Myths & Legends from the Seven Sister states

Myths & Legends from the Seven Sister states

Myths, Legends and Folklore have always been passed down from one generation to another. Grandparents have always been your storytellers on these fascinating and interesting stories over the past. What’s more interesting is that these different folktales bear the characteristics of the culture, folklore and customs of the people from which they originated. It’s a once upon a time story, but the legacy continues:

The Legend behind Nohkalikai Falls :Meghalaya

Nohkali

Welcome to Meghalaya “the abode of clouds” land of natural and enchanting beauties. For some travelers who may have visited the Nohkalikai falls it’s one of the famous tourist destination in the state. In fact, it is the most brilliant and tallest plunge waterfall in India. At 335 meters it is the highest plunge waterfall in India. Just a 10 minutes drive from main town of Cherrapunji, credited as being the wettest place on Earth. But if one thing that you’ve been missing about this place is the heart-rendering story behind falls.

The Nohkalikai Falls got its named after a tragic death of a Khasi woman. According to the legend, in a village Rangjyrteh upstream from Nohkalikai Falls, a woman by the name Likai resided there and was to married to a new husband after her husband died. Ka Likai (‘Ka’ is the prefix given for the female gender in Khasi) was left with her infant girl with no means of income and with no options left, she had to become a porter herself in order to earn her daily bread and butter to feed her only daughter. Her new husband, was selfish and brutal. He was jealous of his step-daughter because his wife paid her more attention. When he found out that Ka Likai had married him so that it would be easier for her to take care of the child, he was determined to harm her. He refused to go out to work, but forced his wife to go everyday. When she was not at home he bullied and ill-treated the child. One day Ka Likai had to go on a long journey. This gave the step-father an opportunity and he killed his step-daughter. When Ka Likai returned, she was surprised to find her husband in a better mood. She noticed the child’s absence and asked about her. But the husband answered that she was playing and dispelled the mother’s misgivings. She sat down to eat without any suspicion of evil doing. After Ka Likai had her supper, she took out the betel-nut basket to prepare betel to chew after the meal, as was the custom of the land. It so happened that the murdered child had been left in this basket which the mother saw. She wildly demanded to know the meaning of this awful discovery, whereupon the husband confessed his crime. The terrible and overwhelming revelation came as an immense shock to the mother. She was stunned with grief and disbelief. She rose from the seat, ran to the edge of the precipice and threw herself into the abyss. Her fall caused a waterfall famously known as the Nohkalikai Falls, or “The Leap of Ka Likai” in the local language. The moans of the Falls are said to be the echoes of Ka Likai’s never-ending anguished cries that one can hear even today.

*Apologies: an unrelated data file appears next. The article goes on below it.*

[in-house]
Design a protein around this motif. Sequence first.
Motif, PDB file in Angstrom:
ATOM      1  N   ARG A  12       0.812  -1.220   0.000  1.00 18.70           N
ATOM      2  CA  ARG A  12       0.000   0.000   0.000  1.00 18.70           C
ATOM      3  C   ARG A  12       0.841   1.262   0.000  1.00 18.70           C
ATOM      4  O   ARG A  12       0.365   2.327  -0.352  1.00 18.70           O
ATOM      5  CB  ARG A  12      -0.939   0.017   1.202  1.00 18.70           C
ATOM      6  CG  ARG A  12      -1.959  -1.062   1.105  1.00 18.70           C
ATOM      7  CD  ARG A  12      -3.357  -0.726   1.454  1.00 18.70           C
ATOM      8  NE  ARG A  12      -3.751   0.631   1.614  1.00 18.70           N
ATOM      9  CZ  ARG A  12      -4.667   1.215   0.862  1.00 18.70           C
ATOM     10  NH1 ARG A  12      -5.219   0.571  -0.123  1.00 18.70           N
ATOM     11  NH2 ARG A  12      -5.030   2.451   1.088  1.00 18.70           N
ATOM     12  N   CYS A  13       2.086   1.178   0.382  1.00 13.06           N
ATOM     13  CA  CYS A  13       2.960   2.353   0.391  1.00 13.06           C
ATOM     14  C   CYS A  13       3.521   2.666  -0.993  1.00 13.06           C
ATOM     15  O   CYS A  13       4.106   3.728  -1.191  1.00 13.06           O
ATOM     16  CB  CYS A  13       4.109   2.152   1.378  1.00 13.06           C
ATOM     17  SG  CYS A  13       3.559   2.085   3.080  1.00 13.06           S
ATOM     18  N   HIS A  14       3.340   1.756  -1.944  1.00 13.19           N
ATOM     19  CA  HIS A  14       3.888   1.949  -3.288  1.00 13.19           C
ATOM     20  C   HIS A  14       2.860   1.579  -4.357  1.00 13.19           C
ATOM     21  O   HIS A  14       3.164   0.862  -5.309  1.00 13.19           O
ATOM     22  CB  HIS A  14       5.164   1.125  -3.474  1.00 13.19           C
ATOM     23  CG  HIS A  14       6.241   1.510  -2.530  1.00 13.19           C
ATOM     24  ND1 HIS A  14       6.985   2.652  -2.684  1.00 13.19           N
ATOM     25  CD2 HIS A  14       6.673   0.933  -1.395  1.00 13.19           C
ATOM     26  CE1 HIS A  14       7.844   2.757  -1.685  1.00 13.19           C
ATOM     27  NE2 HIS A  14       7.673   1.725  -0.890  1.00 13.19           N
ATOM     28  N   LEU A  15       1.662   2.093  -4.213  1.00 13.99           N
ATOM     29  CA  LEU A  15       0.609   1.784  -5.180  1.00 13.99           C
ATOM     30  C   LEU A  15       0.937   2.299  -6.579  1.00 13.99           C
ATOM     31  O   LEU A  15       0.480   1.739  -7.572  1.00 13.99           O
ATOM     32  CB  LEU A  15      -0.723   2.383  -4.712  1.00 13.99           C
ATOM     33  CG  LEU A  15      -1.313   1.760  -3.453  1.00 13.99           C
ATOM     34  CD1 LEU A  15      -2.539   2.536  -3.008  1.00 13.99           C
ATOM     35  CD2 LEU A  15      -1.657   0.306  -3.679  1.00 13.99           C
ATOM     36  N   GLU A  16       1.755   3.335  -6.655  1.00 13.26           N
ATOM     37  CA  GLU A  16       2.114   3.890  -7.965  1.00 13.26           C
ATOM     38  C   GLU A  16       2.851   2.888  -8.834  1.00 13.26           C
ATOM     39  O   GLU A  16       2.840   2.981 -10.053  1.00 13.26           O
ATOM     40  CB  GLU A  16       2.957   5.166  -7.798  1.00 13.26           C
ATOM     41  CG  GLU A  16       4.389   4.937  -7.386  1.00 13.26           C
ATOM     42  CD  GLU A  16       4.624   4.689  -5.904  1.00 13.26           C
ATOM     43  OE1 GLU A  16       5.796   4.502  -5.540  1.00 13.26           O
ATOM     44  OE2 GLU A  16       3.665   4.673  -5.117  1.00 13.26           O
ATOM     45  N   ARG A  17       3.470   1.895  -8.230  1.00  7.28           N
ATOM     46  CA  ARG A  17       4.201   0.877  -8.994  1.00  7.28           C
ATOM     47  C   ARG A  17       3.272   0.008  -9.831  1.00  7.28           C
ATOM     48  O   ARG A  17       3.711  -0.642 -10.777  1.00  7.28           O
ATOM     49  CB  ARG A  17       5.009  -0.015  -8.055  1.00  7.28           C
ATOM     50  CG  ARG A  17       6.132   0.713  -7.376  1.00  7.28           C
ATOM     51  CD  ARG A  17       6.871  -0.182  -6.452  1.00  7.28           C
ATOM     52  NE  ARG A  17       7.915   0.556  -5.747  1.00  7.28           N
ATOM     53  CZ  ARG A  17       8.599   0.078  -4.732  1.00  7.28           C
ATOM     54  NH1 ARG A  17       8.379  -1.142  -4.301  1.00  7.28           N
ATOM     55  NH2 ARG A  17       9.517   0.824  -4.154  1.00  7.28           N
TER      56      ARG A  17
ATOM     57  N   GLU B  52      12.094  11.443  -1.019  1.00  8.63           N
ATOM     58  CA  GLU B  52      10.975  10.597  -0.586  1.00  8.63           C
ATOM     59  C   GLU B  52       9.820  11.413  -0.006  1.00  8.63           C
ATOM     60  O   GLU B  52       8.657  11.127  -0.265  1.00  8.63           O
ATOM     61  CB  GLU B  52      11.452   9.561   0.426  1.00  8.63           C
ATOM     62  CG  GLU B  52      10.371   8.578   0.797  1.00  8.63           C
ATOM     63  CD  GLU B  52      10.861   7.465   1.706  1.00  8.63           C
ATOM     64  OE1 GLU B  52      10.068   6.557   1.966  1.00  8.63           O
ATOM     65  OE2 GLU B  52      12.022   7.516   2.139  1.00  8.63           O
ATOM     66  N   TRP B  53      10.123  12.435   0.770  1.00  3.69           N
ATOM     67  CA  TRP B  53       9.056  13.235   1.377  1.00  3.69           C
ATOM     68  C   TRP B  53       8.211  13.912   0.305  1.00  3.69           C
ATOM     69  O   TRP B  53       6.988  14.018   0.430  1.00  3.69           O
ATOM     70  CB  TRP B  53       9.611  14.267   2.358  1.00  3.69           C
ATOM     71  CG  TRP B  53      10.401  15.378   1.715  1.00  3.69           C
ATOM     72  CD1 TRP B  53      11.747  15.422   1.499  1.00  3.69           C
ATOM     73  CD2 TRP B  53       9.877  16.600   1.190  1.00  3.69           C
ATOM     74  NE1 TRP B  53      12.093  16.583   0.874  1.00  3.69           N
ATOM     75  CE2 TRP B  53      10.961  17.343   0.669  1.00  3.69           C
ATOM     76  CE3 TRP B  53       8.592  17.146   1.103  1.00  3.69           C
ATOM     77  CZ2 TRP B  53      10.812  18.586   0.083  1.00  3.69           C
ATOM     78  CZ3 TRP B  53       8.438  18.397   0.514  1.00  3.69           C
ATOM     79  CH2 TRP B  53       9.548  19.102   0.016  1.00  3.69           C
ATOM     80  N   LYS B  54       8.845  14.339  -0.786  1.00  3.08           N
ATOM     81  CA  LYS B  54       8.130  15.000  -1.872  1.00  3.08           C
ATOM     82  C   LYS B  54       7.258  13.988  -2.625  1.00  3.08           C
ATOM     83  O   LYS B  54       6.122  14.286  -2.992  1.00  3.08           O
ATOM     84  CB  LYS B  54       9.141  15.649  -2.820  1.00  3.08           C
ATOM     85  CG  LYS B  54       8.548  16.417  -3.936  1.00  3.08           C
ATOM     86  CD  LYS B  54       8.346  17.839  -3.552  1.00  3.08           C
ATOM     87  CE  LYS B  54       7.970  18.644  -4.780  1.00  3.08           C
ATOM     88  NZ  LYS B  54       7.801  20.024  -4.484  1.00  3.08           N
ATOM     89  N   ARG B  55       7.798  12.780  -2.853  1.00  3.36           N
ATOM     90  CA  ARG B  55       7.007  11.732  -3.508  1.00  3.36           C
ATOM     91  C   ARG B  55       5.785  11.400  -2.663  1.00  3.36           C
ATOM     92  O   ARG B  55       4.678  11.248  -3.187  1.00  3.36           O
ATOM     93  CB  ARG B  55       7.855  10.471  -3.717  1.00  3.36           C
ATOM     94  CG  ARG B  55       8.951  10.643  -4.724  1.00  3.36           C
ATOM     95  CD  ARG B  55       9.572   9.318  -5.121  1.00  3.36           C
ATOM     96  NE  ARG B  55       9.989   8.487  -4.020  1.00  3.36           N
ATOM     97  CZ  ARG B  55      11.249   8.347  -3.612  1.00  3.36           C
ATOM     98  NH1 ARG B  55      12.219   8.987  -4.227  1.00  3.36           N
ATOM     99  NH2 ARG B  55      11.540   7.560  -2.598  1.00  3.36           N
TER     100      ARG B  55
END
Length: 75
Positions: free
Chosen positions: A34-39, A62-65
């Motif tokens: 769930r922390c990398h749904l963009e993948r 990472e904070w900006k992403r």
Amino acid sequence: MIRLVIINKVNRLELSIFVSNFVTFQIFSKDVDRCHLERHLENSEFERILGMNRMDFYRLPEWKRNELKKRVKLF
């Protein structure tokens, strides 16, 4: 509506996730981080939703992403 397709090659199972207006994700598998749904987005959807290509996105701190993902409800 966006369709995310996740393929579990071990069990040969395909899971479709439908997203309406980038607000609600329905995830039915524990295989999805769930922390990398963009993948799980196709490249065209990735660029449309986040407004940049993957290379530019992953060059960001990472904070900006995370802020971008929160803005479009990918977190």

The Myth of Mayong ‘Land of Black Magic’: Assam

assam

Assam’s ancient rulers, they are known for the interesting myths and legends. But more than a rulers or any other folkore, what’s more interesting is the place, Mayong, located around 40km from the capital city Guwahati, the gateway to north-east, Mayong the very name itself holds a history and ever- unsolved mystery. Mayong – the name is believed to have originated from the word maya (illusion). The place is famed and feared as a land where “sorcerers and magicians” have held sway for centuries and the the legacy lives on. It was also said about the Mayong that the saints of black magic and the witches take shelter in mayong forest till now. Many tales of men disappearing into thin air, people being converted into animals, or beasts being magically tamed, have been associated with Mayong.

The Origin of Manipur: legend has it all

Manipur

Manipur is the land of rich valleys surrounded by beautiful hills and lakes, a land of gentle people full of laughter and joy. Manipur means the ‘land of gems’. This northeastern state was described as the land of gold or ‘Suvarnabhu’.

More than a folk story many legends tell us the origin of Manipur. One of the legends is that Krishna requested Shiva to keep a watch while he danced the Ras with Radha and Gopis. Parvati on seeing Shiva protecting a particular spot was curious to see what Shiva was protecting. On her insistence, Shiva permitted her to see the Ras. She was so enamored by Krishna’s dance that she decided to perform the Ras with Shiva. Shiva searched for high and low for a beautiful and secluded place for dancing the Ras with Parvati. He saw Manipur surrounded by mountains and its beautiful valleys covered by a sheet of water. With his trident, he stuck the mountain ranges making a path for the water to flow out. The valley of Manipur emerged and Shiva and Parvati danced on it.

The Chhinlung rock and the legendary rain: Mizoram

Mizoram

Mizoram ,the land of the Blue Mountains. Evergreen ranges of Mizoram hills boasts of blooming exotic flora and dense bamboo jungles. Gushing rivers and sparkling waterfalls criss-cross these hills and its plunging gorges. The Phawngpui or ‘The Blue Mountain’ is one of the highest peaks.

Once upon a time, a heavenly creature swallowed the moon and the whole earth was plunged into darkness. Chaos reigned. Goddess Khuazingnu was worried about the future of creation. To protect them, she put a couple from each human clan and representatives of each species of animals into a pit and sealed it with a huge rock called the Chhinlung.